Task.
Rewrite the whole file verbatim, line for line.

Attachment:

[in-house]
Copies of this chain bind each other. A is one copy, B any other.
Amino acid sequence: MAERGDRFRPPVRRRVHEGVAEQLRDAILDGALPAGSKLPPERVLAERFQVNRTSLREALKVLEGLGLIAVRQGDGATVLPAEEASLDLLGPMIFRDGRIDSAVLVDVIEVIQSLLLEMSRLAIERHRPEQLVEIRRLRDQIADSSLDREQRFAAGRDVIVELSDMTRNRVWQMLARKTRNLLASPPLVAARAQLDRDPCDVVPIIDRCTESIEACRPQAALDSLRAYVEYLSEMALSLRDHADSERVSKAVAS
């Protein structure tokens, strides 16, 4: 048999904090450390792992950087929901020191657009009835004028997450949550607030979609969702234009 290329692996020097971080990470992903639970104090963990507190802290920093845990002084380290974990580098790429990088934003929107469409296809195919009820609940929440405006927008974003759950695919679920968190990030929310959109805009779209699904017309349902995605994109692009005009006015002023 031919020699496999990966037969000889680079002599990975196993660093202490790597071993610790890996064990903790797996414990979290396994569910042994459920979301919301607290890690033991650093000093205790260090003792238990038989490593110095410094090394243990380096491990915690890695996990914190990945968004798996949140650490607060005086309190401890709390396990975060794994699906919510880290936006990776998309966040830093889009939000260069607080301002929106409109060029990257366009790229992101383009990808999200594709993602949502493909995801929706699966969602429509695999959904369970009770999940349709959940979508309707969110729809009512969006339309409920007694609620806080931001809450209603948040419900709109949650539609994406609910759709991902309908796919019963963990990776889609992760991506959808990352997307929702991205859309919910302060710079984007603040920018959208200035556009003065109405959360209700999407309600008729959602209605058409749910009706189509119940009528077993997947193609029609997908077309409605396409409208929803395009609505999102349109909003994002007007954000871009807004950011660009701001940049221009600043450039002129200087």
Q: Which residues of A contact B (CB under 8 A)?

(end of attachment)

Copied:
[in-house]
Copies of this chain bind each other. A is one copy, B any other.
Amino acid sequence: MAERGDRFRPPVRRRVHEGVAEQLRDAILDGALPAGSKLPPERVLAERFQVNRTSLREALKVLEGLGLIAVRQGDGATVLPAEEASLDLLGPMIFRDGRIDSAVLVDVIEVIQSLLLEMSRLAIERHRPEQLVEIRRLRDQIADSSLDREQRFAAGRDVIVELSDMTRNRVWQMLARKTRNLLASPPLVAARAQLDRDPCDVVPIIDRCTESIEACRPQAALDSLRAYVEYLSEMALSLRDHADSERVSKAVAS
């Protein structure tokens, strides 16, 4: 048999904090450390792992950087929901020191657009009835004028997450949550607030979609969702234009 290329692996020097971080990470992903639970104090963990507190802290920093845990002084380290974990580098790429990088934003929107469409296809195919009820609940929440405006927008974003759950695919679920968190990030929310959109805009779209699904017309349902995605994109692009005009006015002023 031919020699496999990966037969000889680079002599990975196993660093202490790597071993610790890996064990903790797996414990979290396994569910042994459920979301919301607290890690033991650093000093205790260090003792238990038989490593110095410094090394243990380096491990915690890695996990914190990945968004798996949140650490607060005086309190401890709390396990975060794994699906919510880290936006990776998309966040830093889009939000260069607080301002929106409109060029990257366009790229992101383009990808999200594709993602949502493909995801929706699966969602429509695999959904369970009770999940349709959940979508309707969110729809009512969006339309409920007694609620806080931001809450209603948040419900709109949650539609994406609910759709991902309908796919019963963990990776889609992760991506959808990352997307929702991205859309919910302060710079984007603040920018959208200035556009003065109405959360209700999407309600008729959602209605058409749910009706189509119940009528077993997947193609029609997908077309409605396409409208929803395009609505999102349109909003994002007007954000871009807004950011660009701001940049221009600043450039002129200087």
Q: Which residues of A contact B (CB under 8 A)?